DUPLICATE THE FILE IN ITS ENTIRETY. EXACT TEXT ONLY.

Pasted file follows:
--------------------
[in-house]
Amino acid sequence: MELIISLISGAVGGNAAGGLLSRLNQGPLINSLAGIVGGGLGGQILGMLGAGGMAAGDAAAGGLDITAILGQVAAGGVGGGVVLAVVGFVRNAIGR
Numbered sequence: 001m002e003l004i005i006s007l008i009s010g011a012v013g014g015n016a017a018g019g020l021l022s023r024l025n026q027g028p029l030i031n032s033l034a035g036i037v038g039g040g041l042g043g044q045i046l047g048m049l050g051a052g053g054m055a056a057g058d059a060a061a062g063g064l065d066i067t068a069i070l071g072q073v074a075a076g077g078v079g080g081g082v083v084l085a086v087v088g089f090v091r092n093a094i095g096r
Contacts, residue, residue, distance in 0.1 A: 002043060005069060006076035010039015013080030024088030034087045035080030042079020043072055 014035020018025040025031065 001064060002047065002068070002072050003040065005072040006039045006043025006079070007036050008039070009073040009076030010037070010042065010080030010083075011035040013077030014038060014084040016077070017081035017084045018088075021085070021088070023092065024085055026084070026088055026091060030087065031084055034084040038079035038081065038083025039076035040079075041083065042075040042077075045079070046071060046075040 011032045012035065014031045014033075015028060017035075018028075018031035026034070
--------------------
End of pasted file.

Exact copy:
[in-house]
Amino acid sequence: MELIISLISGAVGGNAAGGLLSRLNQGPLINSLAGIVGGGLGGQILGMLGAGGMAAGDAAAGGLDITAILGQVAAGGVGGGVVLAVVGFVRNAIGR
Numbered sequence: 001m002e003l004i005i006s007l008i009s010g011a012v013g014g015n016a017a018g019g020l021l022s023r024l025n026q027g028p029l030i031n032s033l034a035g036i037v038g039g040g041l042g043g044q045i046l047g048m049l050g051a052g053g054m055a056a057g058d059a060a061a062g063g064l065d066i067t068a069i070l071g072q073v074a075a076g077g078v079g080g081g082v083v084l085a086v087v088g089f090v091r092n093a094i095g096r
Contacts, residue, residue, distance in 0.1 A: 002043060005069060006076035010039015013080030024088030034087045035080030042079020043072055 014035020018025040025031065 001064060002047065002068070002072050003040065005072040006039045006043025006079070007036050008039070009073040009076030010037070010042065010080030010083075011035040013077030014038060014084040016077070017081035017084045018088075021085070021088070023092065024085055026084070026088055026091060030087065031084055034084040038079035038081065038083025039076035040079075041083065042075040042077075045079070046071060046075040 011032045012035065014031045014033075015028060017035075018028075018031035026034070